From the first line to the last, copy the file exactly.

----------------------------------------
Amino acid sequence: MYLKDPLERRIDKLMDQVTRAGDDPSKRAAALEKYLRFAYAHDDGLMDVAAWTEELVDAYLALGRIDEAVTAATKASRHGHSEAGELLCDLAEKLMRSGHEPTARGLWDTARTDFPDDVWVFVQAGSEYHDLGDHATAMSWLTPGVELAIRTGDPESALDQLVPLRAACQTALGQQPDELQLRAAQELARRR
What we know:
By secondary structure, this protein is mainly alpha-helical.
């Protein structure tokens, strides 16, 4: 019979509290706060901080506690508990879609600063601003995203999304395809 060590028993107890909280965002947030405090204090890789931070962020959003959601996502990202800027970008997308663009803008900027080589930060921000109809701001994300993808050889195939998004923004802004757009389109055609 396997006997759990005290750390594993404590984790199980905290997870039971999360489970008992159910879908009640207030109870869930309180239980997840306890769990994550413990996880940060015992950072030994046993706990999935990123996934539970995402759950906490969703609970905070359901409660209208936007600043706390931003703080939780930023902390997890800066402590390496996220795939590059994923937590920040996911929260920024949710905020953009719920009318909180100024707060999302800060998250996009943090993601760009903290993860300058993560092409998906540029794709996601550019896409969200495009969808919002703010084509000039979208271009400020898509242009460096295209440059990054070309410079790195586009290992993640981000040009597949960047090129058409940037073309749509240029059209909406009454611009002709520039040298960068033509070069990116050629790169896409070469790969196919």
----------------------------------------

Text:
Amino acid sequence: MYLKDPLERRIDKLMDQVTRAGDDPSKRAAALEKYLRFAYAHDDGLMDVAAWTEELVDAYLALGRIDEAVTAATKASRHGHSEAGELLCDLAEKLMRSGHEPTARGLWDTARTDFPDDVWVFVQAGSEYHDLGDHATAMSWLTPGVELAIRTGDPESALDQLVPLRAACQTALGQQPDELQLRAAQELARRR
What we know:
By secondary structure, this protein is mainly alpha-helical.
């Protein structure tokens, strides 16, 4: 019979509290706060901080506690508990879609600063601003995203999304395809 060590028993107890909280965002947030405090204090890789931070962020959003959601996502990202800027970008997308663009803008900027080589930060921000109809701001994300993808050889195939998004923004802004757009389109055609 396997006997759990005290750390594993404590984790199980905290997870039971999360489970008992159910879908009640207030109870869930309180239980997840306890769990994550413990996880940060015992950072030994046993706990999935990123996934539970995402759950906490969703609970905070359901409660209208936007600043706390931003703080939780930023902390997890800066402590390496996220795939590059994923937590920040996911929260920024949710905020953009719920009318909180100024707060999302800060998250996009943090993601760009903290993860300058993560092409998906540029794709996601550019896409969200495009969808919002703010084509000039979208271009400020898509242009460096295209440059990054070309410079790195586009290992993640981000040009597949960047090129058409940037073309749509240029059209909406009454611009002709520039040298960068033509070069990116050629790169896409070469790969196919």